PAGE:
As of now, an optical fiber is capable of transmitting up to 256 wavelengths and each wavelength can convey a data bit rate of 10 gigabits per second (1 Gbit=109 bits). Accordingly, depending on the number of fibers arriving at the input of the optical switch, the total bit rate to be switched can be in excess of several tens of terabits per second (1 Tbit=1012 bits).

An optical switch with a multigranularity architecture processes data bit rates of this magnitude by switching partly wavelengths and partly bands of wavelengths, i.e. single-wavelength channels and wavelength multiplexes, respectively. The switch can further process groups of bands. Another possibility would be to process only bands of wavelengths and groups of bands. To simplify the description, the remainder of the description covers, by way of example only, three levels of granularity: wavelength, band and “fiber”, the latter level corresponding to a special case of groups of bands combining all wavelengths that can be conveyed by an optical fiber.

FIG. 1 is a diagram of a prior art optical switching node with a multigranularity architecture.

With the multigranularity architecture, it has been possible to evolve from monoblock switching nodes to switching nodes consisting of a stack of subnodes. Each switching subnode is assigned to a corresponding level of granularity. Thus in the example shown there is a switching subnode FXC associated with the “fiber” level of granularity (which is a special case of groups of bands), a switching subnode BXC associated with the “band” level of granularity, and a switching subnode WXC associated with the “wavelength” level of granularity.

In FIG. 1, the incoming fibers IF are first routed to the input ports IP of the switching subnode FXC. A few of the incoming fibers IF are switched directly to the output fibers OF via the output ports OP of the switching subnode FXC. A fiber AF coming from the client is directly inserted at a fiber insertion port Pins of the switching subnode FXC. A fiber DF to the client is extracted from a fiber extraction port Pext of the subnode FXC. The fiber DF must be wavelength division demultiplexed for the client, but the demultiplexers are not shown in the figure. Fibers Fbf are inserted from the switching subnode BXC to the fiber insertion ports Pins of the subnode FXC. These fibers Fbf come from the band to fiber multiplexer Mux B→F which multiplexes the bands coming from the output ports OP of the switching subnode BXC. Finally, fibers Ffb are extracted from the subnode FXC via extraction ports and are sent to the input ports IP of the subnode BXC after the fibers are demultiplexed into bands in the fiber to band demultiplexer Demux F→B.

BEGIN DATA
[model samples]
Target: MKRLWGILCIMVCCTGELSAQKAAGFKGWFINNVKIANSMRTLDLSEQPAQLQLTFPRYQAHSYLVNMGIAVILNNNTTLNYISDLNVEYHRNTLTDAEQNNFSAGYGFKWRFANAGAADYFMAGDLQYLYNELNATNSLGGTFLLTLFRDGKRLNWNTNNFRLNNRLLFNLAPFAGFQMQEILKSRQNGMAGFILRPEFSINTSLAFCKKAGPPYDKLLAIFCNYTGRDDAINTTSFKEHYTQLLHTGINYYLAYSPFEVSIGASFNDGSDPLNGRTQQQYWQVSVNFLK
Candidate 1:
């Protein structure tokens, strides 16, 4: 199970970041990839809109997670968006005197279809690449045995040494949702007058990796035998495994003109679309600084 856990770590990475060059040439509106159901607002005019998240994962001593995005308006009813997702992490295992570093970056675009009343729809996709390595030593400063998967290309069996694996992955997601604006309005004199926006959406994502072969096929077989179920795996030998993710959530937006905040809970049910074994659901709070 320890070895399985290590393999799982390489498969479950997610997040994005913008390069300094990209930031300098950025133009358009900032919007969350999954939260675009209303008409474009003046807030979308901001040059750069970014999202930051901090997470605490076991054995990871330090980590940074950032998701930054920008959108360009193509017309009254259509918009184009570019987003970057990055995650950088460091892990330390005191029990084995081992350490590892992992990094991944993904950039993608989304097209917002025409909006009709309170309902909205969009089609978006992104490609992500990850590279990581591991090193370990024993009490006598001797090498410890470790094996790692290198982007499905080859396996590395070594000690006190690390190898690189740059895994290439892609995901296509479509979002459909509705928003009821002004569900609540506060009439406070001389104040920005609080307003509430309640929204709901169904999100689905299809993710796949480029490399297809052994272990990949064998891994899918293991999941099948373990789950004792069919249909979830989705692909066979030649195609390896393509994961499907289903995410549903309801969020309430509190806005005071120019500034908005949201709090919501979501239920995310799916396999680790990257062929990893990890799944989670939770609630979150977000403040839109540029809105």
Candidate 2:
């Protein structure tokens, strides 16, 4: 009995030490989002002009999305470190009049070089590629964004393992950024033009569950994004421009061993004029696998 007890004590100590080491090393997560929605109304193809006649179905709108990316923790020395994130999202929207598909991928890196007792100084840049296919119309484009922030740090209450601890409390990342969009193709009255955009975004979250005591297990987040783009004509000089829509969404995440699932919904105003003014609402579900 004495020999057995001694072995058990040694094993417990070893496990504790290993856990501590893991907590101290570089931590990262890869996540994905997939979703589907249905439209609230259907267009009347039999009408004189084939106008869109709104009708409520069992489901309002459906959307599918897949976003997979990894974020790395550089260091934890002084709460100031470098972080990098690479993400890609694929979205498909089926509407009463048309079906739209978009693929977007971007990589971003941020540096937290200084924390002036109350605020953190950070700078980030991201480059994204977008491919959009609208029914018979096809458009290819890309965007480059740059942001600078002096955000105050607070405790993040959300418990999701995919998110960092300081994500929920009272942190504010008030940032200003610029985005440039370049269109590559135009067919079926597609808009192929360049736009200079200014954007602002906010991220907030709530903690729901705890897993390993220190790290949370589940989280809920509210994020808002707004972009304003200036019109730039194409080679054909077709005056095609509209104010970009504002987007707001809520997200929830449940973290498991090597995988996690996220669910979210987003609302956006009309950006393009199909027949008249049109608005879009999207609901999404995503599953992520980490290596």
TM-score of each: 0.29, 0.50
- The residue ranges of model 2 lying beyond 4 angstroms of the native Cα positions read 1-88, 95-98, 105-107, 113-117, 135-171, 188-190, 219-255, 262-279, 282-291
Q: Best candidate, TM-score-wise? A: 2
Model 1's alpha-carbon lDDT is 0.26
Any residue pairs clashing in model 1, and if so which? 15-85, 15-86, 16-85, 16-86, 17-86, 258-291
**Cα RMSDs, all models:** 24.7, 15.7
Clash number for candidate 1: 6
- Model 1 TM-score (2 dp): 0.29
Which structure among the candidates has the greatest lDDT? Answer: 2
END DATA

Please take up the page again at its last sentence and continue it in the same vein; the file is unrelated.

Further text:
The same switching process is used at the next lower level of granularity, i.e. in the switching subnode BXC at the band level of granularity, as well as at the lowest level of granularity, i.e. in the switching subnode WXC at the wavelength level of granularity.